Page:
The national body of the Senior Staff Association of Nigeria Universities, SSANU, has threatened to invade the Plateau State University, PLASU, Bokkos over the suspension of its officials.
The News Agency of Nigeria reports that the university recently suspended the interim chairman and secretary of the PLASU chapter of SSANU, Timnan Rimdap and Dusu Yaro.
The duo have been suspended for three months, during which they would be entitled to only half of their basic salaries.
Copies of the suspension letters, dated January 17, and signed by the institution’s Registrar, Amos Mallo, indicated that the duo were suspended over many issues, some of which bordered on the deductions of SSANU members’ check-off dues.
Further details revealed that while management insisted that the union must be formally registered with the school to guarantee such privileges, the union, quoting sections 3 (1), and 46 (2) of the Trade Union Act 2004, argued that only the Registrar of Trade Unions had such power.
“The National President of SSANU – a registered trade union – has granted approval for the establishment of a branch thereof in PLASU and the recognition of the union by an employer is obligatory,” the SSANU local officials argued, in one of the letters to management.
NAN reports that after series of communication on the matter, including queries and responses, the management suspended the officials, and barred them from entering the school unless with the “express approval of the Vice Chancellor, Registrar or Acting Chief Security Officer”.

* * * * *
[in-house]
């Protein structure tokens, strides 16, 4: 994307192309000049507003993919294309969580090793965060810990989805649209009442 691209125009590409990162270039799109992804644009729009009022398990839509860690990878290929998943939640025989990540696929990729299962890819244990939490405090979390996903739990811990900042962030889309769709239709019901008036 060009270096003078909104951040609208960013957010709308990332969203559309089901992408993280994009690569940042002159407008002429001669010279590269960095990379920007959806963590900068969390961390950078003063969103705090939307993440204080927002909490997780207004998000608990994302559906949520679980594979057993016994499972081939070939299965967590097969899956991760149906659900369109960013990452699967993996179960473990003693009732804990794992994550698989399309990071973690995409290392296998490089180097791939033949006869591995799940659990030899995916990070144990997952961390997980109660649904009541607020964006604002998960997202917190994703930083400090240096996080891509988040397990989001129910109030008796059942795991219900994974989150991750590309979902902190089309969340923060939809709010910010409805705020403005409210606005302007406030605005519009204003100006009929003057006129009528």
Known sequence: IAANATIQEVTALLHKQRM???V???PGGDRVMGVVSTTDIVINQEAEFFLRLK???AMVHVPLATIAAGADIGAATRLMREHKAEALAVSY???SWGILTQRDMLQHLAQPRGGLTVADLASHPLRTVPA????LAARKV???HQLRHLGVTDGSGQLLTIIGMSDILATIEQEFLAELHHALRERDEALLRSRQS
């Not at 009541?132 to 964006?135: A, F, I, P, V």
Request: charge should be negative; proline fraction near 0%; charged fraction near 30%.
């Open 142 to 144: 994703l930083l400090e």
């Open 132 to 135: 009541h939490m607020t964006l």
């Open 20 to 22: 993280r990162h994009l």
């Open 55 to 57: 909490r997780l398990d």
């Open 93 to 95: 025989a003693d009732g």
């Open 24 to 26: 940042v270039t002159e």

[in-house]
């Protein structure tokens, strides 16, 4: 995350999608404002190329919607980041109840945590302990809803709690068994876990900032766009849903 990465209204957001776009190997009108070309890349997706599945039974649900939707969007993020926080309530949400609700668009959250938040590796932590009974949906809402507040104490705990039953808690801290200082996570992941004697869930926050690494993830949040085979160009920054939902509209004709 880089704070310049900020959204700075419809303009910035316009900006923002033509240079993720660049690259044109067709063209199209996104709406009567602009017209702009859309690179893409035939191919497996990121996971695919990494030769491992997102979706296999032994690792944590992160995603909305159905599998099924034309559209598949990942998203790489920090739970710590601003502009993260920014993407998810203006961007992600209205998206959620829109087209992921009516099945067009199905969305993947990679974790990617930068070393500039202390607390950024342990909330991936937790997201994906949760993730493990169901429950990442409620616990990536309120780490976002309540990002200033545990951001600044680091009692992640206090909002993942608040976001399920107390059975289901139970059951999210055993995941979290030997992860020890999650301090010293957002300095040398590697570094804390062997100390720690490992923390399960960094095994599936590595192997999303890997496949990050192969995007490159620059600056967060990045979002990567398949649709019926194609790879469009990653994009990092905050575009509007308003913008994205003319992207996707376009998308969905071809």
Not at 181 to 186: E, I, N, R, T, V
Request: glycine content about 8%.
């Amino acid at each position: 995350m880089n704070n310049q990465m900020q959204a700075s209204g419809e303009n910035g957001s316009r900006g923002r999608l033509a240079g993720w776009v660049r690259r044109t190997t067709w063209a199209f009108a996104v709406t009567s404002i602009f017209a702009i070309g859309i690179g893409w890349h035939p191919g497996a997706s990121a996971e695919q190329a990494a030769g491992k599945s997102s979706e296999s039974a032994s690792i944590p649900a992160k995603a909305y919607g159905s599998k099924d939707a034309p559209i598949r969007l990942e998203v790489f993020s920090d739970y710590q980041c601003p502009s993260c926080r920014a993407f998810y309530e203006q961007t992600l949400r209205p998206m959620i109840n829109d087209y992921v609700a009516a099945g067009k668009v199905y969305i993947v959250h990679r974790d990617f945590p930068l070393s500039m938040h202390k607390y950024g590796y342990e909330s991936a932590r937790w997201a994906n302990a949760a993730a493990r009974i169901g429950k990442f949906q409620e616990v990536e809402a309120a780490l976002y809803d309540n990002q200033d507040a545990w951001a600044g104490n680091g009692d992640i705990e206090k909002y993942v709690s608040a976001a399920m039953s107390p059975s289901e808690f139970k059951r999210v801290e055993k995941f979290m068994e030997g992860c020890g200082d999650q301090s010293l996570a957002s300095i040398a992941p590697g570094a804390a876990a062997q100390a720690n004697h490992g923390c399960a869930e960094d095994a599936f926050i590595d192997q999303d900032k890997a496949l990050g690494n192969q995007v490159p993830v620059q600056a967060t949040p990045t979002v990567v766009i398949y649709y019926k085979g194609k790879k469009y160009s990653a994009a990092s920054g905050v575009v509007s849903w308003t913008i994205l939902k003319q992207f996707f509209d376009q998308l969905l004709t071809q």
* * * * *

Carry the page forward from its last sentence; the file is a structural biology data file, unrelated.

Reacting, Solomon Alfa, the National Vice President (North) of SSANU, expressed shock at the development, and described the suspension of the officials as “unacceptable”.
He said that the university’s chapter of SSANU was inaugurated by the national body, which conferred on the officials the rights to collect the check-off dues of all registered members, as contained in the SSANU constitution and the Trade Union Act 2004.
“Before we inaugurated the chapter, we insisted and confirmed that the members voluntarily agreed to be part of us; we also told them of the check-off dues, which is 2 per cent of their basic salary, and they all agreed to paying it.
“So, we were surprised when we heard that the school was unwilling to effect the deductions, even when no one had objected,” he said.
He said that SSANU, on learning of the school’s reluctance to effect the deductions, directed the local chapter to write to the school and enclose the trade union act, SSANU constitution and membership list, to justify the request.
“It did that, but could not change management’s stance.
“We have tried to avoid a confrontation with the school, but since things have turned this way, we may be forced to invade the school to ensure that the right thing is done,” he said.
He said that SSANU, after inaugurating the PLASU chapter, wrote to formally notify the school, but did not get an acknowledgement from management, and described such attitude to unionism as “sad”.
Mr. Alfa said that he was particularly surprised that the Registrar of the school, Amos Mallo, who was supposed to be the number one SSANU member, had not shown any interest in the union, and was absent when it was inaugurated on November 23, 2016.
The SSANU official said that the inauguration was a “formal endorsement the school ought to have accepted”, pointing out that there was “no other legal document” that surpassed it.
Mr. Alfa also reacted to allegations of bad behaviour contained in the suspension letters.
“If the chairman or secretary is involved in any misbehaviour, that should be brought to our notice. So far, no such has been brought to us.
“I don’t know if there is any personal disagreement between the officials and the management which we do not know about. For now, we believe that the suspension is over union matters and shall step in to ensure justice for our officials,” he said.